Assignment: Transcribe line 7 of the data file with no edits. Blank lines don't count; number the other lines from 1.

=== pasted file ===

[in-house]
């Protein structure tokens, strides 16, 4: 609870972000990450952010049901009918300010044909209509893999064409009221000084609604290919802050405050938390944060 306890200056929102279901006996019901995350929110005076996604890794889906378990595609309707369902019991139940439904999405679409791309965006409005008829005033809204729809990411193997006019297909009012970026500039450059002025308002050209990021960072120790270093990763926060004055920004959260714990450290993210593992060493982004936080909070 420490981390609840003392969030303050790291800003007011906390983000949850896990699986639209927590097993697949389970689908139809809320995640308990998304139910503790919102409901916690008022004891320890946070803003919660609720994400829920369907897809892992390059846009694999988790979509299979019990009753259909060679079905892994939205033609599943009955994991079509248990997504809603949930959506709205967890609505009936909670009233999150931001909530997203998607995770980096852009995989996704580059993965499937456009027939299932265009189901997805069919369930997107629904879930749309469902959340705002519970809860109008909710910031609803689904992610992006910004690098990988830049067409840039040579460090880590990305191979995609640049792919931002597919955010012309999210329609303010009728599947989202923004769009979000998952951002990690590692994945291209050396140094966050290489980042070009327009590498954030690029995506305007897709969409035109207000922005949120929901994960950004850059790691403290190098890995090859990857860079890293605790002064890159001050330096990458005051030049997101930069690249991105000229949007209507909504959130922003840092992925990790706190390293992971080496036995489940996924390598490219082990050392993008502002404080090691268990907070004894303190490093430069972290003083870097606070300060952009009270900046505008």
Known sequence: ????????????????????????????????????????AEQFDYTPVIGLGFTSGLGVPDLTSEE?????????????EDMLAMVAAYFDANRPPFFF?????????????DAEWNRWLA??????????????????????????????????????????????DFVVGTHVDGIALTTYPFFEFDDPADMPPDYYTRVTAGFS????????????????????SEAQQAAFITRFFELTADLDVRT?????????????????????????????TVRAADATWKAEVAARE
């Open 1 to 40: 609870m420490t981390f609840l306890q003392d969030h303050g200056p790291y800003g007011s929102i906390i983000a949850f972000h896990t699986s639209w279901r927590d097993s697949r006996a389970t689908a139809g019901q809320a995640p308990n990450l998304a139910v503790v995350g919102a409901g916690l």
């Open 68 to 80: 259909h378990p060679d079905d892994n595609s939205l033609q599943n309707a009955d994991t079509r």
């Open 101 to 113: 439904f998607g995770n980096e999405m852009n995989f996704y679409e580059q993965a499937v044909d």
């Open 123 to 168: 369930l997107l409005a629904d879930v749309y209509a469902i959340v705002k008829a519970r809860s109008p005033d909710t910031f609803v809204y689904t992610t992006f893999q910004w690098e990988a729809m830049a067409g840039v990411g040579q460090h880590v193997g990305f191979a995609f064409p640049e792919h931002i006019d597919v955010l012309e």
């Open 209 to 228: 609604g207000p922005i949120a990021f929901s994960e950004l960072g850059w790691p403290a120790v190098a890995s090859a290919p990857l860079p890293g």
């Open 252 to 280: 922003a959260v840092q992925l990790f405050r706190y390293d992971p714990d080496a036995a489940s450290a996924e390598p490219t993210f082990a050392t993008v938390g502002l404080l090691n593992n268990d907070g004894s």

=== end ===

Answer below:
């Open 123 to 168: 369930l997107l409005a629904d879930v749309y209509a469902i959340v705002k008829a519970r809860s109008p005033d909710t910031f609803v809204y689904t992610t992006f893999q910004w690098e990988a729809m830049a067409g840039v990411g040579q460090h880590v193997g990305f191979a995609f064409p640049e792919h931002i006019d597919v955010l012309e």